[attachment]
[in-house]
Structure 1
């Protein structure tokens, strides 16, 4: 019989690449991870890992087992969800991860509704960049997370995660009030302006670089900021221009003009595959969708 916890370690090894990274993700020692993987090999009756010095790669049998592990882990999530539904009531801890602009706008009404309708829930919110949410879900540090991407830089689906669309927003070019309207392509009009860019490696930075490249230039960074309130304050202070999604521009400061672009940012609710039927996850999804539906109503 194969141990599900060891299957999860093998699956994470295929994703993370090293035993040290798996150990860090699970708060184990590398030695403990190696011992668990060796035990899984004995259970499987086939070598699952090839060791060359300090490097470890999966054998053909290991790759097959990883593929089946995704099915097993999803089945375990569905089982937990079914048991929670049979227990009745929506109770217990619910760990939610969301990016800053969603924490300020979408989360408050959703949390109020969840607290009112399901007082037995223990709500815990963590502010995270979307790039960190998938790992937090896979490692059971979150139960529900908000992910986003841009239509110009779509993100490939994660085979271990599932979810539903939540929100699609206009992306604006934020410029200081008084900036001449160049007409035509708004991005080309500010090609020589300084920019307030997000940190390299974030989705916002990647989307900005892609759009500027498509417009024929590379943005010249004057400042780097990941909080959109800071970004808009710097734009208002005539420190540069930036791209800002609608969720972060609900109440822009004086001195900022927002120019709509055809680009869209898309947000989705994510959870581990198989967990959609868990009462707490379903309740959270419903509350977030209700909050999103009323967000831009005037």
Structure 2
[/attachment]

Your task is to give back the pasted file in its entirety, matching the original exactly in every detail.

[in-house]
Structure 1
């Protein structure tokens, strides 16, 4: 019989690449991870890992087992969800991860509704960049997370995660009030302006670089900021221009003009595959969708 916890370690090894990274993700020692993987090999009756010095790669049998592990882990999530539904009531801890602009706008009404309708829930919110949410879900540090991407830089689906669309927003070019309207392509009009860019490696930075490249230039960074309130304050202070999604521009400061672009940012609710039927996850999804539906109503 194969141990599900060891299957999860093998699956994470295929994703993370090293035993040290798996150990860090699970708060184990590398030695403990190696011992668990060796035990899984004995259970499987086939070598699952090839060791060359300090490097470890999966054998053909290991790759097959990883593929089946995704099915097993999803089945375990569905089982937990079914048991929670049979227990009745929506109770217990619910760990939610969301990016800053969603924490300020979408989360408050959703949390109020969840607290009112399901007082037995223990709500815990963590502010995270979307790039960190998938790992937090896979490692059971979150139960529900908000992910986003841009239509110009779509993100490939994660085979271990599932979810539903939540929100699609206009992306604006934020410029200081008084900036001449160049007409035509708004991005080309500010090609020589300084920019307030997000940190390299974030989705916002990647989307900005892609759009500027498509417009024929590379943005010249004057400042780097990941909080959109800071970004808009710097734009208002005539420190540069930036791209800002609608969720972060609900109440822009004086001195900022927002120019709509055809680009869209898309947000989705994510959870581990198989967990959609868990009462707490379903309740959270419903509350977030209700909050999103009323967000831009005037």
Structure 2